First came the war on sugar. White sugar = Very Bad. While many of us still consume it, we know we shouldn’t. It’s almost embarrassing to add it to your morning coffee, especially when your colleague proudly affirms: “Coffee? I take it black.” Then came the attack on artificial sweeteners. Sucralose (Splenda), Saccharin (Sweet’n’Low), Aspartame (Equal)-we have read the studies and been duly warned about their links to cancer. Then we got told that honey, while it can contain many special nutrients in its raw, unprocessed form, is still very high in calories and pushes the body’s glycemic index right up. More than anything, over the past decade we have been regularly advised about the hugely detrimental effects of High Fructose Corn Syrup (HFCS). No foodie worth his (Pink Himalayan) salt would advocate consuming it, even infrequently. We have all seen the famous graph where the rise in diabetes in the United States is superimposed on the rise in the use of HFCS and the lines are as close to an exact match as you can get.
Obviously the search for a healthy, low-calorie, low-glycemic, natural sweetener has been a long and arduous road. And then came agave nectar (also know as agave syrup). The unctuous, very sweet sap of the cactus plant’s heart, agave felt like the answer to our collective sweet tooth problems. Popular for a long time amongst those in the health community, it has now made its way into the mainstream. Low-glycemic, easily dissolvable, naturally vegan, and not to hard to produce, agave seemed perfect. Ah, we humans never learn. If it sounds too good to be true, it probably is. And here’s where things get dangerously messy with agave: its fructose levels can reach above 80%. For comparison, corn syrup, the very same corn syrup that we label high fructose corn syrup, averages only 55% fructose!
Fructose Freak Out
But what’s the big fructose deal, you may wonder. Well, it turns out that fructose is really, really bad for you. As in, worse-for-you-than-white-sugar bad for you. We already kind of knew this, thanks to all the education by the press and the food and health community with regards to HFCS. Here are just some highlights of what fructose does to your body:
- -Fructose pushes your body to produce more uric acid, which can lead to gout and heart disease.
- -Fructose increases your chance of developing diabetes and becoming overweight. Excess fructose in the body is converted to triglycerides (blood fats); too many triglycerides over time lead to insulin resistance, also known as Syndrome X or the Metabolic Syndrome, and Step 1 on the scale towards developing full-blown Type 2 Diabetes.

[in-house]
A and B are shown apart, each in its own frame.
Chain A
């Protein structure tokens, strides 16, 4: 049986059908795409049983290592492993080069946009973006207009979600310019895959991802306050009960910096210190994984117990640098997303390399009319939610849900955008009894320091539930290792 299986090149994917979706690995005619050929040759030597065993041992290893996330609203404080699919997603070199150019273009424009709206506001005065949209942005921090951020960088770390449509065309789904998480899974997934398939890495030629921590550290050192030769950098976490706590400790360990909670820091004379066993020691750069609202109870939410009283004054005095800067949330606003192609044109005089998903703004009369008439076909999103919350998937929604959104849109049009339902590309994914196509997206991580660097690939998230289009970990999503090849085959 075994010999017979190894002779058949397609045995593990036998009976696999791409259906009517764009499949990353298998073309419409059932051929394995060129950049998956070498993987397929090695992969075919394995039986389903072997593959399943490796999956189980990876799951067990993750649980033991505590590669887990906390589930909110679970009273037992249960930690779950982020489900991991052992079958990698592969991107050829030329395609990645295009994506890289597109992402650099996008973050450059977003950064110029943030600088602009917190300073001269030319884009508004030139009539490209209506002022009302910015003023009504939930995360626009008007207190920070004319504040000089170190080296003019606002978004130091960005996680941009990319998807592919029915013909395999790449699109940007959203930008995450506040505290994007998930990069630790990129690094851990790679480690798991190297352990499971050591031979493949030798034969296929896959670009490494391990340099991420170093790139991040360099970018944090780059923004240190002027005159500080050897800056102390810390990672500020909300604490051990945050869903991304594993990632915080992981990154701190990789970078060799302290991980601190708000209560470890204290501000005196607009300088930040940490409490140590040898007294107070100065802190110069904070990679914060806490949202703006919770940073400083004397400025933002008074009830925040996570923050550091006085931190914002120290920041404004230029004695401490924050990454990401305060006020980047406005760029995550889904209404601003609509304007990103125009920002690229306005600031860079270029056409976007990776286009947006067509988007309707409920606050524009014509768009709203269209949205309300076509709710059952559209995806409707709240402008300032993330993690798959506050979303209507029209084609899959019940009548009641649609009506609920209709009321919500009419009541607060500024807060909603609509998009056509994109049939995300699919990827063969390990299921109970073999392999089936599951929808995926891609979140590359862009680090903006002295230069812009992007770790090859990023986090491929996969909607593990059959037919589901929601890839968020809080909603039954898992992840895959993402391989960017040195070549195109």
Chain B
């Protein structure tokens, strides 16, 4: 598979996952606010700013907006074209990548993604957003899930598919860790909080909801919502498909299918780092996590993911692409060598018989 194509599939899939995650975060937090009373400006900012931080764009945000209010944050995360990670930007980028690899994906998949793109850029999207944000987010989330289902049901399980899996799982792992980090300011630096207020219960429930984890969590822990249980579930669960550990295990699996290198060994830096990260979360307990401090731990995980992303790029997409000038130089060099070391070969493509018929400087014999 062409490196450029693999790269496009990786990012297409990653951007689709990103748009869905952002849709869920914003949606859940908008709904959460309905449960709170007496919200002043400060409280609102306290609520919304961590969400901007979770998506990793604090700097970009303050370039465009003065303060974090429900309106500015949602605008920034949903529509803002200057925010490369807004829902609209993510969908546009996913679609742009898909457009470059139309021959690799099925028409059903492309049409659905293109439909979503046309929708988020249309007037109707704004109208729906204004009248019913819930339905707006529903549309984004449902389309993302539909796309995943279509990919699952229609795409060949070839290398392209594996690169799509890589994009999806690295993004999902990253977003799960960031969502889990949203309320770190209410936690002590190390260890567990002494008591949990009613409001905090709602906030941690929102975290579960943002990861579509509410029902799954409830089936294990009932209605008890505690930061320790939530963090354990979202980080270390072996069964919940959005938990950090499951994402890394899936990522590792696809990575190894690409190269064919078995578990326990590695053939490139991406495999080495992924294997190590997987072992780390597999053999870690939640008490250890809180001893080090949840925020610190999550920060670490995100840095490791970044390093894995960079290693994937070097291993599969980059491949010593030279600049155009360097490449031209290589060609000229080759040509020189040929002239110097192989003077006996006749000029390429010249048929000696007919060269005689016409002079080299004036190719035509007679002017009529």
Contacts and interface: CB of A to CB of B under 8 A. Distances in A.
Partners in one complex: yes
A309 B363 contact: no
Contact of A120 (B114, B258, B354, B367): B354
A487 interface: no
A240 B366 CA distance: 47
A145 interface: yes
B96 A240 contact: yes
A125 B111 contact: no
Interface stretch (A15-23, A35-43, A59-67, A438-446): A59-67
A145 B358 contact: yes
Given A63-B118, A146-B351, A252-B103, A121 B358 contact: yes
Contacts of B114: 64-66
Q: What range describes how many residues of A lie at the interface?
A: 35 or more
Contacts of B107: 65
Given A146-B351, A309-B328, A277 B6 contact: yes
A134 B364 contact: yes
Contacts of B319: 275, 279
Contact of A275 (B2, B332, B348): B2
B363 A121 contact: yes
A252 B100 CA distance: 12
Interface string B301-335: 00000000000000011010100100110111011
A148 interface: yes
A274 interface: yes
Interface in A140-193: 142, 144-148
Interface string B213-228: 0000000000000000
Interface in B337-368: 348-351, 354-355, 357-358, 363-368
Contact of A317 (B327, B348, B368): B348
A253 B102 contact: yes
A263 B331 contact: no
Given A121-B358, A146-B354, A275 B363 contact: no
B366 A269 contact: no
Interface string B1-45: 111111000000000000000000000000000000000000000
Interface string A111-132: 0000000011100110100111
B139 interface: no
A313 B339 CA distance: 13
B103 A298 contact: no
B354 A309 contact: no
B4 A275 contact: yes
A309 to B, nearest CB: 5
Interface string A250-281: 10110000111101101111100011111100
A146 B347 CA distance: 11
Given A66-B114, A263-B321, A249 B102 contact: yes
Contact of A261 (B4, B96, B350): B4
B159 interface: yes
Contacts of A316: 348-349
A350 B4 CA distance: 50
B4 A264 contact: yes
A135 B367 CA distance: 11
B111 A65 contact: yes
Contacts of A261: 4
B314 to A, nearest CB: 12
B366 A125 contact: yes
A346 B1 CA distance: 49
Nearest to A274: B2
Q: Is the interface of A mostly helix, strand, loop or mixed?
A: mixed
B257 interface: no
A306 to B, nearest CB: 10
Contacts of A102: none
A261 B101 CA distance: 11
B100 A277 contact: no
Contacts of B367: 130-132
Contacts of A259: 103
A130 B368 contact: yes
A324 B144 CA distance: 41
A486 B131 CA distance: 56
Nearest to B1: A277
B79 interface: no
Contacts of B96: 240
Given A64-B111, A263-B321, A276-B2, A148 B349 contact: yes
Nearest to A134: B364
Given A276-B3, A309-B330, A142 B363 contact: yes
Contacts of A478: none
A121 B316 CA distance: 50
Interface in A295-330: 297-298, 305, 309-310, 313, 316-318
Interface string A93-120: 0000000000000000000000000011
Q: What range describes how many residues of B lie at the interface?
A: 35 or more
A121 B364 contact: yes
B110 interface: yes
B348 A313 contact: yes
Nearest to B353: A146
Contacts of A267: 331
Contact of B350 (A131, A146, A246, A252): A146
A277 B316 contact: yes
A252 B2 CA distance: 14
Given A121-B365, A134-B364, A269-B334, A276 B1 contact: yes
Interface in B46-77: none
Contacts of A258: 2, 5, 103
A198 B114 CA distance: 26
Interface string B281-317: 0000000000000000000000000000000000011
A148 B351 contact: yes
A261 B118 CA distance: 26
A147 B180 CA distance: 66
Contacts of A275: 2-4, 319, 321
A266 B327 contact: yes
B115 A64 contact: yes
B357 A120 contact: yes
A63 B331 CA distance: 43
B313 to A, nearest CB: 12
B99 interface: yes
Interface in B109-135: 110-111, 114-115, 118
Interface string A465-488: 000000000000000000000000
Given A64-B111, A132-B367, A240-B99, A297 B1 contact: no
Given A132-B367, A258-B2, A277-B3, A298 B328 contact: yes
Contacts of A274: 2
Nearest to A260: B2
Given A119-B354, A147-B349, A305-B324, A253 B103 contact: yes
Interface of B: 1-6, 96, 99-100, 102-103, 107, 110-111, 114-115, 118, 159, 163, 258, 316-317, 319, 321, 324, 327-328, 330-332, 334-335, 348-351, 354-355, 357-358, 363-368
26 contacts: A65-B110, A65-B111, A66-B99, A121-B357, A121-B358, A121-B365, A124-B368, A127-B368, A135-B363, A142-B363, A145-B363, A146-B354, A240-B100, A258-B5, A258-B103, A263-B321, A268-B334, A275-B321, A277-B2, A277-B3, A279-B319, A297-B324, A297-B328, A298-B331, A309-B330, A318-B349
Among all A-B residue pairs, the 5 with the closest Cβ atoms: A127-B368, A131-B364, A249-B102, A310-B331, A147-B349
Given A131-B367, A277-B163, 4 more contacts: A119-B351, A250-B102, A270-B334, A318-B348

- -Fructose is hard on your liver; the latter has trouble processing it and too much fructose consumption can lead to Non-Alcoholic Fatty Liver Disease (NAFLD).
- -Fructose consumption makes it very difficult for your body to absorb the following nutrients and minerals: copper (which is required collagen production), zinc, iron, magnesium and calcium. All our vital to our daily health.
There are many other reasons- too many to explore here- why fructose should be avoided. But the reasons listed above are why many voices in the health food community believe agave should be relabeled ‘High Fructose Agave Syrup’.
Let’s be clear: consuming agave once in a while is probably not going to lead to permanent health issues. What is worrying is that agave has become the natural sweetener of choice. Products containing agave are popping up all over store shelves in vegan, gluten-free and naturals snacks, desserts and prepared foods with marketing language that implies that agave is a safe, low glycemic alternative to products that contain sugar or artificial sweeteners. It is also the main sweetener in prepared raw vegan desserts and treats. Raw food converts tend to be the most orthodox crowd in the health food world when it comes to what what put into their bodies. Yet most raw foodists are unaware of the damage they are doing to their bodies by consuming agave, whilst being convinced they are following what is in their eyes the world’s healthiest eating plan. In conclusion: limit agave consumption and as always, make sure to educate yourself and know what you are consuming. Remember, you are in charge of what you eat!